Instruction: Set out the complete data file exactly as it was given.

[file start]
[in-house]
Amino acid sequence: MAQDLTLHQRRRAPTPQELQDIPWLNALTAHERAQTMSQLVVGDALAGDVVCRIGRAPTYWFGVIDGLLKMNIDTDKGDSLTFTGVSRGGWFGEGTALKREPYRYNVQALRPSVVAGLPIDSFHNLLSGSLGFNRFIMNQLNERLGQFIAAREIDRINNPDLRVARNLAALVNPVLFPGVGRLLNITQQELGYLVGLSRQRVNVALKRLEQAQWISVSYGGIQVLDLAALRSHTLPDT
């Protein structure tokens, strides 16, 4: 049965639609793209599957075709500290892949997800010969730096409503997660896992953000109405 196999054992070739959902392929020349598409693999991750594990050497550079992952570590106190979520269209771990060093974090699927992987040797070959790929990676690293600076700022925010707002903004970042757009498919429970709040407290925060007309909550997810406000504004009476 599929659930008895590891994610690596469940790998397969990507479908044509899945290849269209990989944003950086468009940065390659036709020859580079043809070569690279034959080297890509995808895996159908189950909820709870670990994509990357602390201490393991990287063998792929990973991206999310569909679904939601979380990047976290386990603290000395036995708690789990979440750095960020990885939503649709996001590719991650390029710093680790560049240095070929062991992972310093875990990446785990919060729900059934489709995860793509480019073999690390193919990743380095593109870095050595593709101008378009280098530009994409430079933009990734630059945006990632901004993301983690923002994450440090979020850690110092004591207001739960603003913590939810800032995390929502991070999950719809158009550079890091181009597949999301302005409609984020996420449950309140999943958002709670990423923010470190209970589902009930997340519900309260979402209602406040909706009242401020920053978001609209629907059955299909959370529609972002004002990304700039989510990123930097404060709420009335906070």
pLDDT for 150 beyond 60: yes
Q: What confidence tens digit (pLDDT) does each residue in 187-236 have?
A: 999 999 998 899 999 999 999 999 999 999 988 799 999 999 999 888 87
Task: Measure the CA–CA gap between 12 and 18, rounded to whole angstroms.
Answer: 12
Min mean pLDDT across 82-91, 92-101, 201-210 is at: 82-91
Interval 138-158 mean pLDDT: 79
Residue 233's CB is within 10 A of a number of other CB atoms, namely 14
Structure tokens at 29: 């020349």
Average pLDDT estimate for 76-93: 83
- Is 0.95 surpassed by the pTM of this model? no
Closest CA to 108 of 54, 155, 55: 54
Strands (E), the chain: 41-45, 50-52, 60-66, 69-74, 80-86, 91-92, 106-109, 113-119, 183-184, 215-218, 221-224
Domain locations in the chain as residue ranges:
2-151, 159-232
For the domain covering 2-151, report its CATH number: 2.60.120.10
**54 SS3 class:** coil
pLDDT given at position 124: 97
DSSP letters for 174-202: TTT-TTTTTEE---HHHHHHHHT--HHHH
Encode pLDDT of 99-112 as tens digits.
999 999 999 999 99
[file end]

[in-house]
Amino acid sequence: MAQDLTLHQRRRAPTPQELQDIPWLNALTAHERAQTMSQLVVGDALAGDVVCRIGRAPTYWFGVIDGLLKMNIDTDKGDSLTFTGVSRGGWFGEGTALKREPYRYNVQALRPSVVAGLPIDSFHNLLSGSLGFNRFIMNQLNERLGQFIAAREIDRINNPDLRVARNLAALVNPVLFPGVGRLLNITQQELGYLVGLSRQRVNVALKRLEQAQWISVSYGGIQVLDLAALRSHTLPDT
């Protein structure tokens, strides 16, 4: 049965639609793209599957075709500290892949997800010969730096409503997660896992953000109405 196999054992070739959902392929020349598409693999991750594990050497550079992952570590106190979520269209771990060093974090699927992987040797070959790929990676690293600076700022925010707002903004970042757009498919429970709040407290925060007309909550997810406000504004009476 599929659930008895590891994610690596469940790998397969990507479908044509899945290849269209990989944003950086468009940065390659036709020859580079043809070569690279034959080297890509995808895996159908189950909820709870670990994509990357602390201490393991990287063998792929990973991206999310569909679904939601979380990047976290386990603290000395036995708690789990979440750095960020990885939503649709996001590719991650390029710093680790560049240095070929062991992972310093875990990446785990919060729900059934489709995860793509480019073999690390193919990743380095593109870095050595593709101008378009280098530009994409430079933009990734630059945006990632901004993301983690923002994450440090979020850690110092004591207001739960603003913590939810800032995390929502991070999950719809158009550079890091181009597949999301302005409609984020996420449950309140999943958002709670990423923010470190209970589902009930997340519900309260979402209602406040909706009242401020920053978001609209629907059955299909959370529609972002004002990304700039989510990123930097404060709420009335906070």
pLDDT for 150 beyond 60: yes
Q: What confidence tens digit (pLDDT) does each residue in 187-236 have?
A: 999 999 998 899 999 999 999 999 999 999 988 799 999 999 999 888 87
Task: Measure the CA–CA gap between 12 and 18, rounded to whole angstroms.
Answer: 12
Min mean pLDDT across 82-91, 92-101, 201-210 is at: 82-91
Interval 138-158 mean pLDDT: 79
Residue 233's CB is within 10 A of a number of other CB atoms, namely 14
Structure tokens at 29: 């020349």
Average pLDDT estimate for 76-93: 83
- Is 0.95 surpassed by the pTM of this model? no
Closest CA to 108 of 54, 155, 55: 54
Strands (E), the chain: 41-45, 50-52, 60-66, 69-74, 80-86, 91-92, 106-109, 113-119, 183-184, 215-218, 221-224
Domain locations in the chain as residue ranges:
2-151, 159-232
For the domain covering 2-151, report its CATH number: 2.60.120.10
**54 SS3 class:** coil
pLDDT given at position 124: 97
DSSP letters for 174-202: TTT-TTTTTEE---HHHHHHHHT--HHHH
Encode pLDDT of 99-112 as tens digits.
999 999 999 999 99